Independent financial advisors today face many more challenges than their predecessors. Since the Retail Distribution Review (RDR) banned commissions, and advisors have had to charge explicit fees for services, it has been an uphill struggle to convince clients of their value. The economic crisis and a loss of trust in banking and financial services generally have added to the difficulty of charging for services that were formerly seen as being ‘free’, especially where consumers are better informed and can understand many of the simplified products via the internet.
Given these challenges, how does the Independent Financial Advisor demonstrate value to a client and how is this communicated?
Gaining a loyal client base
Customer Loyalty is the strategic competitive advantage of any business and any IFA, whether you’re looking for finance jobs abroad or in the UK. Given the higher value of an existing customer, every advisor should make this their primary objective. This is achieved by developing a trusting relationship based on the clients’ needs. Trust – perhaps the most important factor in all relationships – results from consistency and reliability, openness and honesty, and good communication. It is achieved by patient relationship building that focuses on the client.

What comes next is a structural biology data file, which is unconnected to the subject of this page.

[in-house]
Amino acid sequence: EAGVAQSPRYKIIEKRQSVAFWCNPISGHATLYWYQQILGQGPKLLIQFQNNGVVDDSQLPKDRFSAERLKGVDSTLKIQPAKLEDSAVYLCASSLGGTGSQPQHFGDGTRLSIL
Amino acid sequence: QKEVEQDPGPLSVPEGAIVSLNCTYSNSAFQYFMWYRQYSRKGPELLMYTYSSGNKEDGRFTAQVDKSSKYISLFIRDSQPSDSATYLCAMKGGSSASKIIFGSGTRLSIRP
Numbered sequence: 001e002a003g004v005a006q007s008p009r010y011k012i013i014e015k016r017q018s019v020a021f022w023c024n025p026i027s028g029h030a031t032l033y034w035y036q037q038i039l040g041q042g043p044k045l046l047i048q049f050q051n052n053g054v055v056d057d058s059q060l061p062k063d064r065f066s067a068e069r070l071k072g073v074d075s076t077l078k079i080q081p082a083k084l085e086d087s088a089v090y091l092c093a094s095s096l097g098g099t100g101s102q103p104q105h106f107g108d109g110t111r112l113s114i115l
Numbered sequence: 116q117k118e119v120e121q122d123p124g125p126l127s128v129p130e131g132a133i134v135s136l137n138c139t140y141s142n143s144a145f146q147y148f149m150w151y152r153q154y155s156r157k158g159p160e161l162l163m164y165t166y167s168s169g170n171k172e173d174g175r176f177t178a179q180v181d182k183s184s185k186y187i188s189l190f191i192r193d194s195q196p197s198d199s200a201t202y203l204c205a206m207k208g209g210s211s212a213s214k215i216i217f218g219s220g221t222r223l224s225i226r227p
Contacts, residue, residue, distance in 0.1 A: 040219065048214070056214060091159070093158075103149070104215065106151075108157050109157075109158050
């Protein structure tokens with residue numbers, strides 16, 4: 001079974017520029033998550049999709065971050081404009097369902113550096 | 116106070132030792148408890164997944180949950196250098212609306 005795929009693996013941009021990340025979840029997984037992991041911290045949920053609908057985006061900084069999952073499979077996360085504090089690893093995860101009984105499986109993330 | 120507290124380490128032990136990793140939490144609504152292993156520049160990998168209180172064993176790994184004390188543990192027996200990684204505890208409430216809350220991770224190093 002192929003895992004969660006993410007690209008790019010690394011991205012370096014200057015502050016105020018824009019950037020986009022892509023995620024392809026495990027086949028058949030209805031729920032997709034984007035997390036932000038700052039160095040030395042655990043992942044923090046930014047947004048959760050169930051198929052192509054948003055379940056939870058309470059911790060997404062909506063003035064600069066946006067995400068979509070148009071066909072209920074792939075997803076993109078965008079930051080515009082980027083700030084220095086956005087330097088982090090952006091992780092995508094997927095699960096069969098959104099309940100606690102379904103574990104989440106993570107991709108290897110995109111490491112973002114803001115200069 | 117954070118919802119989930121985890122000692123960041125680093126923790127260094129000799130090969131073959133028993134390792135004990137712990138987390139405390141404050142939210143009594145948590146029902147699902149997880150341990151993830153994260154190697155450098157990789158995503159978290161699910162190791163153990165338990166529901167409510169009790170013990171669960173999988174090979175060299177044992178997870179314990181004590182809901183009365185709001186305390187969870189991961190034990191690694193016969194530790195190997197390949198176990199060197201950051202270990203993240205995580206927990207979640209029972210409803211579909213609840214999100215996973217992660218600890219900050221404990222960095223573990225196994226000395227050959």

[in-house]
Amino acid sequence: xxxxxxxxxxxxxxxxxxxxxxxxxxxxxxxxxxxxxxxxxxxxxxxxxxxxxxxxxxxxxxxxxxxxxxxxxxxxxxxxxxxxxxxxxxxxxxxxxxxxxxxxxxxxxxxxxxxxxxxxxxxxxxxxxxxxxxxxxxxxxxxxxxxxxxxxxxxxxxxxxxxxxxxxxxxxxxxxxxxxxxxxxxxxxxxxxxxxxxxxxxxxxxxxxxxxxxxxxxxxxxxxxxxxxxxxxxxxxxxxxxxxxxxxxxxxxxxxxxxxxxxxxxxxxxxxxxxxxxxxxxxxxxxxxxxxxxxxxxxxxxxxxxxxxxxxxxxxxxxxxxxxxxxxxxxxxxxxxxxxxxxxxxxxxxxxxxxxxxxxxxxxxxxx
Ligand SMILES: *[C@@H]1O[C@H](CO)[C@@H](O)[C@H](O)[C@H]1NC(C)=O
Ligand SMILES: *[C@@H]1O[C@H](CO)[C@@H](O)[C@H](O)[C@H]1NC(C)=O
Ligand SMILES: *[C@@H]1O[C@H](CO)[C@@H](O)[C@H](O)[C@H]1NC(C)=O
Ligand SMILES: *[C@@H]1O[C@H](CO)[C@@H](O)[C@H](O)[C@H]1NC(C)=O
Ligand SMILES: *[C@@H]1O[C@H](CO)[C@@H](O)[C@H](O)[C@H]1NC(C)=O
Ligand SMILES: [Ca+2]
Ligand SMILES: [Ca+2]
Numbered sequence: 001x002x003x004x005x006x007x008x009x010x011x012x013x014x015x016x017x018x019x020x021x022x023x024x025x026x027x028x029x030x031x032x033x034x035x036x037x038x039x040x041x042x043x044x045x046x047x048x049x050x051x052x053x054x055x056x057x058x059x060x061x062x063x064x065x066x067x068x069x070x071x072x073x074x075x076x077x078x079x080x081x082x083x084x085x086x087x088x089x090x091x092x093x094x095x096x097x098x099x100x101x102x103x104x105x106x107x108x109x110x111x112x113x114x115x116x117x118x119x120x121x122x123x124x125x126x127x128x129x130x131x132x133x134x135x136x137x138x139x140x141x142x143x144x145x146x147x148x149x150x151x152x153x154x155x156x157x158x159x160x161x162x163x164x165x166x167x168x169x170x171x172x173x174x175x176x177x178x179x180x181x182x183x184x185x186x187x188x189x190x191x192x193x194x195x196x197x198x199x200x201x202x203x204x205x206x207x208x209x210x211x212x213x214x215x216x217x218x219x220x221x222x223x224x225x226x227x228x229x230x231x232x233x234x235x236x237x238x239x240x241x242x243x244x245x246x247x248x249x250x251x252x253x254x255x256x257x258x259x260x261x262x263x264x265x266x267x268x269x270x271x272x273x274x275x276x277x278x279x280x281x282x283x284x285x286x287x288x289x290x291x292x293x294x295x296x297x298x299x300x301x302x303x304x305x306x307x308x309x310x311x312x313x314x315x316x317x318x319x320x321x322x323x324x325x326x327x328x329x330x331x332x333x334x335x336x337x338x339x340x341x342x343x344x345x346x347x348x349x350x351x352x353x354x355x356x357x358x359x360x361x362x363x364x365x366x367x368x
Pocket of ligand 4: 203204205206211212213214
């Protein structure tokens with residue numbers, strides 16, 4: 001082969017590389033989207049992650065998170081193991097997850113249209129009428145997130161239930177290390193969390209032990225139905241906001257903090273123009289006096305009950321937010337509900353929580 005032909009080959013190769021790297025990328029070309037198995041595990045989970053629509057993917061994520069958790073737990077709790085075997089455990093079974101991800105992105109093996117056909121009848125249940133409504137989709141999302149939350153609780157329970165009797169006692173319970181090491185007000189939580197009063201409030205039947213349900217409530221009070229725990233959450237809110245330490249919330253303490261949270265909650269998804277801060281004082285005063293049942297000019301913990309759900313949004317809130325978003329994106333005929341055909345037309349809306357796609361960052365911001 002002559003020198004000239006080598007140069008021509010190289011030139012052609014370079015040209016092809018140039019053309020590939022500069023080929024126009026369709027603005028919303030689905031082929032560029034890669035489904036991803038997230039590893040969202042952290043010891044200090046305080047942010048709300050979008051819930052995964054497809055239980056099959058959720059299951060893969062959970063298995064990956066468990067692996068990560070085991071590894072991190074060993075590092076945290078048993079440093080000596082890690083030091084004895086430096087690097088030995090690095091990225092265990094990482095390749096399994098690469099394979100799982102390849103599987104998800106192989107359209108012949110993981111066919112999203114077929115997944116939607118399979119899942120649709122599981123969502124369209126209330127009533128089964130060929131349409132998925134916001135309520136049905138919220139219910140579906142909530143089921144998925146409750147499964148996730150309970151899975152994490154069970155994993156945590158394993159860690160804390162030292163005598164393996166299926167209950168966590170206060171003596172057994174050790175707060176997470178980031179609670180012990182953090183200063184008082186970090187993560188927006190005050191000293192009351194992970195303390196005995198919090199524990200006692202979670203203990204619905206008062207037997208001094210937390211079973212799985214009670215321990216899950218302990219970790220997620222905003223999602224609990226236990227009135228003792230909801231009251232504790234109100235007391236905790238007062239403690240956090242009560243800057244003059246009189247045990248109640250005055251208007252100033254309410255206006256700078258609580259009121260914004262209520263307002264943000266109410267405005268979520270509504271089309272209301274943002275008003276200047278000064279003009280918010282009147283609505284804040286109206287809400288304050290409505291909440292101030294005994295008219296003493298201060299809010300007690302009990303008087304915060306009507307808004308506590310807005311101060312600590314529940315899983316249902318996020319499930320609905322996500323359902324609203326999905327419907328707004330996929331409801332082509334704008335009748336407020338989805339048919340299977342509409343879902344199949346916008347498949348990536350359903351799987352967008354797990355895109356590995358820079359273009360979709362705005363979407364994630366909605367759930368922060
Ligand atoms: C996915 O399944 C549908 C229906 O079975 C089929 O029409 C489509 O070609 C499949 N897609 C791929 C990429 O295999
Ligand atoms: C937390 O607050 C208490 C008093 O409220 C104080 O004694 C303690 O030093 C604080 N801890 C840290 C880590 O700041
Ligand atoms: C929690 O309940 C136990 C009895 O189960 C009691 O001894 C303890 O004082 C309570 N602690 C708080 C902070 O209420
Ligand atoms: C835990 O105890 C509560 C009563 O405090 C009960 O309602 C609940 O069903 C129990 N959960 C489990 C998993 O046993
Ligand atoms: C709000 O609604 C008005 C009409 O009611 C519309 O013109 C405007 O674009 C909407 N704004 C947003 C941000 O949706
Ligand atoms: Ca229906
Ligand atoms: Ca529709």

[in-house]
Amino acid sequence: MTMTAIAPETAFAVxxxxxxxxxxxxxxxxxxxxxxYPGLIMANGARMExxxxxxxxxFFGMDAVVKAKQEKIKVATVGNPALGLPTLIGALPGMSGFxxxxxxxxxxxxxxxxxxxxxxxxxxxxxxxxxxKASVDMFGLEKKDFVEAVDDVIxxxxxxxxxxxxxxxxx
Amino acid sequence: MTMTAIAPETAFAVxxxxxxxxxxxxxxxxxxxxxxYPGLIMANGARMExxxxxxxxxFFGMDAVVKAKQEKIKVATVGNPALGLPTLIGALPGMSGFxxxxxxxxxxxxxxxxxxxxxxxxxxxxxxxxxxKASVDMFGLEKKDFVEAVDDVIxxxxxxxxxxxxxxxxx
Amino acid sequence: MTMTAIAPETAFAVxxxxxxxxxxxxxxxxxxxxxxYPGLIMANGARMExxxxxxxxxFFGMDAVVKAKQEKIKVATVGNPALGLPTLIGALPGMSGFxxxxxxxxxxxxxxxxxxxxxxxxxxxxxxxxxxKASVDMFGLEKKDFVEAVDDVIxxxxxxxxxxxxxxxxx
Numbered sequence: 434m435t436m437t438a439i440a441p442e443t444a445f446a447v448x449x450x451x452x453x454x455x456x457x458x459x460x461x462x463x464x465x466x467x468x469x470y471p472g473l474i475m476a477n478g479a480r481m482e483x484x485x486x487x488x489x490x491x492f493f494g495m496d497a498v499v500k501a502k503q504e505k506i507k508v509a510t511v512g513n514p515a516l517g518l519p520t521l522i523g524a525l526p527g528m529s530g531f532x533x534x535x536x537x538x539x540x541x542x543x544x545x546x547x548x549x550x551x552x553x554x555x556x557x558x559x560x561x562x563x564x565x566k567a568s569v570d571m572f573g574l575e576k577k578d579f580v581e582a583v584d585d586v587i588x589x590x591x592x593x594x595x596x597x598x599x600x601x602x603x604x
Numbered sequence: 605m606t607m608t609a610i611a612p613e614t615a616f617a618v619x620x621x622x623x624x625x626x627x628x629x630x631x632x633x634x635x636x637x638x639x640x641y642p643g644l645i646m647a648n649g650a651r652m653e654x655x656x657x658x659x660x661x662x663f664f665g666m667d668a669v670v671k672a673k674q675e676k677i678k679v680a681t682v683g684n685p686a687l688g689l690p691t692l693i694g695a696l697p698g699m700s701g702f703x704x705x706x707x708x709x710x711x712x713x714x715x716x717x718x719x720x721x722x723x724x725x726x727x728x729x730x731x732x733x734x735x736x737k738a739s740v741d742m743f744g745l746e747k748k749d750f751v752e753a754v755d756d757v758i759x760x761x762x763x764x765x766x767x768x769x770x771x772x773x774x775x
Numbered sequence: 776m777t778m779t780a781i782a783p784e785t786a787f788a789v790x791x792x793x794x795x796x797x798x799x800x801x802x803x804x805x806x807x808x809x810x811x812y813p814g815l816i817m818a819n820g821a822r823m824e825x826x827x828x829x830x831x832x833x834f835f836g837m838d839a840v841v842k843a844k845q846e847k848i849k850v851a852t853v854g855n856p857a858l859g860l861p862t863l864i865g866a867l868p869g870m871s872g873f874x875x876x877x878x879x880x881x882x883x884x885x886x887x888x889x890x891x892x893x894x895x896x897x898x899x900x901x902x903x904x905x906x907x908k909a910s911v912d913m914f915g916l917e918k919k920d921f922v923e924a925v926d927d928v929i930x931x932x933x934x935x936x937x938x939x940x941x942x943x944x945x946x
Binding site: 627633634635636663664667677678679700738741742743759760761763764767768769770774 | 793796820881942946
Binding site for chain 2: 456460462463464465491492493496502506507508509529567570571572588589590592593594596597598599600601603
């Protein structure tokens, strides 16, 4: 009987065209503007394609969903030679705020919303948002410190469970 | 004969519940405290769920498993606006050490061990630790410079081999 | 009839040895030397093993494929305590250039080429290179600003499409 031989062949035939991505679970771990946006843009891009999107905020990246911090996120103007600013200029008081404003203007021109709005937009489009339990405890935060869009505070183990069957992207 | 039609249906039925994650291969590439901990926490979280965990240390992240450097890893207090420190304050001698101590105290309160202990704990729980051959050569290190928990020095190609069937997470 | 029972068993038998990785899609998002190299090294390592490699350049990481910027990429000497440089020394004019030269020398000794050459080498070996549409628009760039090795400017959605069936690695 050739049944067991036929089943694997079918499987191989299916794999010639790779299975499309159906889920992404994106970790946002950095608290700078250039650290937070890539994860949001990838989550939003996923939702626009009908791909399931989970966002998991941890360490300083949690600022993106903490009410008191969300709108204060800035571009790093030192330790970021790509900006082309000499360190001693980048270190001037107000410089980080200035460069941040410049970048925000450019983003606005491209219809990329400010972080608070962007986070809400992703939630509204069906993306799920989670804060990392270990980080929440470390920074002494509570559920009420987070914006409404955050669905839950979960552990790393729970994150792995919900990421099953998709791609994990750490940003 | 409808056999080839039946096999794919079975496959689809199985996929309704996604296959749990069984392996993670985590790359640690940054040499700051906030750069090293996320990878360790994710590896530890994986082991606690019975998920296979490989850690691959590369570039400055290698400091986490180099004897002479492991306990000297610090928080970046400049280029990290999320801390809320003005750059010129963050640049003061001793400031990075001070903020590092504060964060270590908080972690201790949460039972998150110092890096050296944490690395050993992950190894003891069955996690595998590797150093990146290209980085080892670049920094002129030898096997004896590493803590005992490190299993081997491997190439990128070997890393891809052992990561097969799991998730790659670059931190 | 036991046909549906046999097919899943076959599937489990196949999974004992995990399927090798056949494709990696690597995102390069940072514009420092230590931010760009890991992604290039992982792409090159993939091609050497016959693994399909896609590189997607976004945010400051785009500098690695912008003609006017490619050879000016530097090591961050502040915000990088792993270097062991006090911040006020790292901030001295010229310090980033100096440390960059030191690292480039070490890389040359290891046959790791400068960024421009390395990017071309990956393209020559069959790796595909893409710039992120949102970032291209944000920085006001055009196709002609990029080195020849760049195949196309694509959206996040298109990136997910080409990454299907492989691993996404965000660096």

Coach your clients carefully
Providing financial advice can be a little like mentoring and coaching in its early stages. Those looking for IFA jobs abroad that want to cultivate success need to listen carefully to clients’ needs and to help them to define clear goals where previous thinking may have been vague. It is about patient explanation of the basic principles of investment, and understanding clients’ responses to issues such as risk and return.
Keep your knowledge bank full
Fundamentally, clients want to maximise the values of investments as tax-efficiently as possible. There are many products they can use to achieve these objectives and an advisor can invariably add value through an in-depth knowledge of the investment landscape and its application to clients’ specific needs. Any international financial advisor worth their salt should avoid simply comparing different offers as a sales technique – many clients will have already used the internet to do this and there is little perceived value in it.
Perhaps the biggest difficulty advisors have is that they’re unable to promise investment outcomes, and attempts to do this invariably destroy credibility. However, excellence in service delivery is something that can be promised – and delivered – and is another way in which value can be communicated. Regular contact with clients, for example to discuss a quarterly review in the context of their life goals, has added value. Volunteering new information regularly and advising action closes any gaps between expectation and delivery and helps to forge stronger long-term relationships.